The Oakland County Democratic Party (OCDP) is pleased to announce the launch of its new website design. With a fresh, new look the site will enable Democrats across the county to stay in touch. The website will officially roll-out at the OCDP Executive Committee meeting on Tuesday, May 8, 2007.
The new site design uses progressive web technologies and an integrated information management system. Designed to be easy to maintain and update, the new website provides citizens, candidates, elected officials, local clubs, and party members with a powerful means of staying in touch.
Because it is the right thing to do...
I regret to inform you that Richard Skattebo, the OCDP's super volunteer, passed away Wednesday evening. In recognition of his many years of outstanding volunteer services and loyalty to both the Oakland County Democratic Party and the Michigan Democratic Party, I would encourage all of us to let his family know how much we appreciate all that he has done for us.
FARMINGTON - I regret to inform you that Richard Skattebo, the OCDP's super volunteer, passed away Wednesday evening. In recognition of his many years of outstanding volunteer services and loyalty to both the Oakland County Democratic Party and the Michigan Democratic Party, I would encourage all of us to let his family know how much we appreciate all that he has done for us.
I know it would be comforting to Richard's family to either see you at the visitation or at his funeral service to pay your respects or receive a card from you if you are unable to attend. His wife's name is Hugette (aka Huey) Skattebo. Her address is 3071 Royal, Berkley MI 48072.
• William Sullivan Funeral Home - 705 W Eleven Mile Road, Royal Oak.
The funeral home is located on the south side of 11 Mile Road, between Main St. and Woodward Ave. The phone number there is 248-541-7000.
• Visitation: Friday, April 6, from 3:00 p.m. to 9:00 p.m.
• Funeral: Saturday, April 7, with service at 11:00 a.m.
The Oakland County Democratic Party Pasta Night to honor state representative Aldo Vagnozzi was a huge success. Senators Carl Levin and Debbie Stabenow honored Aldo, as did many other elected officials from Oakland county. The hightlight of the evening though was Aldo himself. His speech was full of stories of his long career in politics and Aldo's unique brand of humor. Also started out by saying, "You're probably wondering how long I'm going to talk. As Elizabeth Taylor used to tell her husbands, 'I won't keep you long.'"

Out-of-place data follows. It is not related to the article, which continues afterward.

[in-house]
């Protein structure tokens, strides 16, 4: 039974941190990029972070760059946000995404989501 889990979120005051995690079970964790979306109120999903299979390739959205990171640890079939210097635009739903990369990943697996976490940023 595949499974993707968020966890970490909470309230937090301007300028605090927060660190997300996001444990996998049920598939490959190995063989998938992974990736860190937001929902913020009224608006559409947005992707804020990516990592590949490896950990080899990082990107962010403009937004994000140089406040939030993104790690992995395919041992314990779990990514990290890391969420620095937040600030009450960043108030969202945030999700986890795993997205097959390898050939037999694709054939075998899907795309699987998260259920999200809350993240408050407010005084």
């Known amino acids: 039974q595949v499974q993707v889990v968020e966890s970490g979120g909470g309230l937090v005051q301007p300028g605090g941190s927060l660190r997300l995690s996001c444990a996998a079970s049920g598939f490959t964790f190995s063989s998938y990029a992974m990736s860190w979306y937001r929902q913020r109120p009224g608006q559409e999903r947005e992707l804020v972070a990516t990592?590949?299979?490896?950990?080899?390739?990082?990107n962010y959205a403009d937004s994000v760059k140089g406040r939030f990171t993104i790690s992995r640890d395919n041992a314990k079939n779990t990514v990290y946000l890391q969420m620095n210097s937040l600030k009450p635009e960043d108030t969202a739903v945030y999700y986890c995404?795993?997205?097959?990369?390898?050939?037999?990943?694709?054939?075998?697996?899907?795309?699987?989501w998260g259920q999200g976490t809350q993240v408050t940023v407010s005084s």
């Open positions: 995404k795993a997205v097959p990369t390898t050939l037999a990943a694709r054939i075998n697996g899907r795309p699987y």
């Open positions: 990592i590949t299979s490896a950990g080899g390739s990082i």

The guilty verdict in the Libby trial is the latest example of the Bush Administration valuing appearances over the real lives of our troops. The counter example to that would be sending men and women to war and then leaving them to fend for themselves -- in atrocious conditions in a substandard hospital -- and to manage their own health care as veterans. Over the last 24 hours, the contrast has been shown between the all-out effort of the Bush Administration to sell this war, and the shameful way veterans of the war have been treated when they return home in need of medical care. The New York Times explores the issue:
But the fundamental responsibility rests with the president and his former defense secretary, Donald Rumsfeld, who stubbornly insisted on going to war without sufficient resources -- and then sought to hide the costs of their disastrous mistakes from the American public.
Is it any surprise that the war's wounded have been hidden away in the shadows of moldy buildings by an administration that refused to let photographers take pictures of returning coffins? Or a White House that keeps claiming that victory in this failed and ever more costly war is always just a few more months away?
The Walter Reed revelations once again put the lie to the president's claim that everything is being done to support America's troops.
More from DNC Chair Howard Dean:
"It's appalling to think that, while President Bush had a high-level team in place to sell the Iraq war and viciously smear its critics, it has not given that same attention to plan for postwar Iraq, providing the proper equipment for our troops or ensuring that our troops and veterans receive the care they deserve."
There is no excuse for this, absolutely none.